"We often get questions about why we have chosen this concept instead of monitoring the driver's eyes. The answer is that we don't think that the technology for monitoring the driver's eyes is mature enough yet."
Driver Alert Control can also cover situations where the driver is focusing too much on his/her cell phone or children in the car, thereby not having full control of the vehicle.
"This is a positive side-effect of our concept, and this is possible since the feature evaluates driving behaviour rather than human behaviour," says Daniel Levin.
Text messages and audible signals
From a technical viewpoint, Driver Alert Control consists of a camera, a number of sensors and a control unit. The camera, which is installed between the windscreen and the interior rear-view mirror, continuously measures the distance between the car and the road lane markings.
The sensors register the car's movements. The control unit stores the information and calculates whether the driver risks losing control of the vehicle.
If the risk is assessed as high, the driver is alerted via an audible signal. In addition, a text message appears in the car's information display, alerting him or her with a coffee cup symbol to take a break.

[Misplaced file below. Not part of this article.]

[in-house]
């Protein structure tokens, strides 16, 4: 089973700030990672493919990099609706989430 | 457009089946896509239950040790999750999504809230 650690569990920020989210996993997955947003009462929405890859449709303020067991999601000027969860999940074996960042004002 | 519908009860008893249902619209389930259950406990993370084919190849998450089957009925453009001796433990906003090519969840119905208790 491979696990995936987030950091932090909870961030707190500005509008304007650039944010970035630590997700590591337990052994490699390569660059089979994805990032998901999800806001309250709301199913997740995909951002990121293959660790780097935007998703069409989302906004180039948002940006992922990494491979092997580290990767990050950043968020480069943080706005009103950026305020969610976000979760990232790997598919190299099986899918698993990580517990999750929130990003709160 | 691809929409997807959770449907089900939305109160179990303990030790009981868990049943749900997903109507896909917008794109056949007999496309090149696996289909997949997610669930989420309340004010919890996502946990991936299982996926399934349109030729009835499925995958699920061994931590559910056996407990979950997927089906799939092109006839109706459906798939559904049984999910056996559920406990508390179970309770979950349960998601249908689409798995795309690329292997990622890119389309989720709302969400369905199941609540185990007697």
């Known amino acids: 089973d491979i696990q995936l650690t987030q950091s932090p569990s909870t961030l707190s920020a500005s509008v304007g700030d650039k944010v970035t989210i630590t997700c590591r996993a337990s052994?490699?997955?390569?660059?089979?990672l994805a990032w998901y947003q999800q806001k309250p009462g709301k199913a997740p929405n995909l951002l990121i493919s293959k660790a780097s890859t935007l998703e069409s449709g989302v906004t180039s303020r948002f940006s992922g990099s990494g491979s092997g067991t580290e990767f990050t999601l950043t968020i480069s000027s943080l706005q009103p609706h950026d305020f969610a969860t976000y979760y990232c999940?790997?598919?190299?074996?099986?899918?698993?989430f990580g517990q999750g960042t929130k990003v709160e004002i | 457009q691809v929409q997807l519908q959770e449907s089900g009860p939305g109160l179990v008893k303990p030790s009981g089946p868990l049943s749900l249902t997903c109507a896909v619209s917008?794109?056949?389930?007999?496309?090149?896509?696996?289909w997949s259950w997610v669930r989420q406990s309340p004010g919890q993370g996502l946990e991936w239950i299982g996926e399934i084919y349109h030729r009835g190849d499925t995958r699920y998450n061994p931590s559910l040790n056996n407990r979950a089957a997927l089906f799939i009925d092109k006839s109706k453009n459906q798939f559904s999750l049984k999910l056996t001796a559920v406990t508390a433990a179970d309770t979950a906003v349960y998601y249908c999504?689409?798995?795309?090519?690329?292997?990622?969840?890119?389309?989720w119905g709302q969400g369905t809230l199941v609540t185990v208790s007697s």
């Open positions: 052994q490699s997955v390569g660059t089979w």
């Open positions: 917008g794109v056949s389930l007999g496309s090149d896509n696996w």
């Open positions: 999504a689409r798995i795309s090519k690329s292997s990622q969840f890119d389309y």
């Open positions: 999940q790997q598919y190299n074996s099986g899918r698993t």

What is more, the driver can continuously retrieve driving information from the car's trip computer.
The starting-point is five bars. The less consistent the driving, the fewer bars remain.
"It is, of course, always the driver's responsibility to take a break when necessary, but sometimes you might not realise that you're not alert enough to drive. In such situations, Driver Alert Control can help the driver make the right decision, like taking a refreshing break or a nap, before the concentration level becomes too low," Daniel Levin concludes.
Lane Departure Warning (LDW)
On US highways, single-vehicle road departures account for approximately one fourth of all accidents and one third of all fatalities, statistics that emphasize the risk of losing concentration in smooth driving conditions.
Volvo Cars addresses this by introducing Lane Departure Warning. It helps prevent single-vehicle road departure accidents as well as head-on collisions due to temporary distraction.
Volvo Cars' researchers estimate that the LDW function can help prevent 30 to 40 percent of these types of accidents at speeds between 70 (44 mph) and 100 km/h (62 mph).
LDW is activated via a button in the centre stack and it alerts the driver with a gentle warning sound if the car crosses one of the road markings without an obvious reason such as use of the turn indicator.
The function also uses a camera to monitor the car's position between the road markings. LDW steps in at 65 km/h (41 mph) and stays active as long as the speed exceeds 60 km/h (37 mph).
Some of the described features functionality depends on the visibilility and quality of the road markings. The lane markings must be clearly visible to the camera. Poor light, fog, snow and extreme weather conditions can make the feature unavailable.